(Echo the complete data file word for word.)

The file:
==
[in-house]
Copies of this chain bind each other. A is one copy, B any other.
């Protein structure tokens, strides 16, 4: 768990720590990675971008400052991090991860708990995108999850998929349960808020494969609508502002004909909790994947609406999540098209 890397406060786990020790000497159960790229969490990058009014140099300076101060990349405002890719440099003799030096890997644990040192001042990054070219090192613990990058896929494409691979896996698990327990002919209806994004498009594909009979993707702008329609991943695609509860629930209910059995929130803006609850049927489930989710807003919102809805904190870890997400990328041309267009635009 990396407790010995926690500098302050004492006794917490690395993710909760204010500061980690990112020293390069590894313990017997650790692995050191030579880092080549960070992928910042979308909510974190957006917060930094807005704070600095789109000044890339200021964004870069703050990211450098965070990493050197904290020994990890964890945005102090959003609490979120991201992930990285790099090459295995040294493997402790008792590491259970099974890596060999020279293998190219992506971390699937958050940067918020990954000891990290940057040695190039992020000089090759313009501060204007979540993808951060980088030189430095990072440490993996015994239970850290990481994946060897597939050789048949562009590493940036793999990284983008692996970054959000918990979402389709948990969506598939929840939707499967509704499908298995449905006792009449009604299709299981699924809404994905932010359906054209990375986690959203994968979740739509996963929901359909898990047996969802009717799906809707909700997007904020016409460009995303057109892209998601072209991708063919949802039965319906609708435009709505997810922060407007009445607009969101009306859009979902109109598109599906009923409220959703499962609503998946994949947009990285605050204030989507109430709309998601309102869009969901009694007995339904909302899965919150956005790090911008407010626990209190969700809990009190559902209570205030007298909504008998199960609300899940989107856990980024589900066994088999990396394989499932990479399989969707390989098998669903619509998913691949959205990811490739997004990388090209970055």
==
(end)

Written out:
[in-house]
Copies of this chain bind each other. A is one copy, B any other.
């Protein structure tokens, strides 16, 4: 768990720590990675971008400052991090991860708990995108999850998929349960808020494969609508502002004909909790994947609406999540098209 890397406060786990020790000497159960790229969490990058009014140099300076101060990349405002890719440099003799030096890997644990040192001042990054070219090192613990990058896929494409691979896996698990327990002919209806994004498009594909009979993707702008329609991943695609509860629930209910059995929130803006609850049927489930989710807003919102809805904190870890997400990328041309267009635009 990396407790010995926690500098302050004492006794917490690395993710909760204010500061980690990112020293390069590894313990017997650790692995050191030579880092080549960070992928910042979308909510974190957006917060930094807005704070600095789109000044890339200021964004870069703050990211450098965070990493050197904290020994990890964890945005102090959003609490979120991201992930990285790099090459295995040294493997402790008792590491259970099974890596060999020279293998190219992506971390699937958050940067918020990954000891990290940057040695190039992020000089090759313009501060204007979540993808951060980088030189430095990072440490993996015994239970850290990481994946060897597939050789048949562009590493940036793999990284983008692996970054959000918990979402389709948990969506598939929840939707499967509704499908298995449905006792009449009604299709299981699924809404994905932010359906054209990375986690959203994968979740739509996963929901359909898990047996969802009717799906809707909700997007904020016409460009995303057109892209998601072209991708063919949802039965319906609708435009709505997810922060407007009445607009969101009306859009979902109109598109599906009923409220959703499962609503998946994949947009990285605050204030989507109430709309998601309102869009969901009694007995339904909302899965919150956005790090911008407010626990209190969700809990009190559902209570205030007298909504008998199960609300899940989107856990980024589900066994088999990396394989499932990479399989969707390989098998669903619509998913691949959205990811490739997004990388090209970055």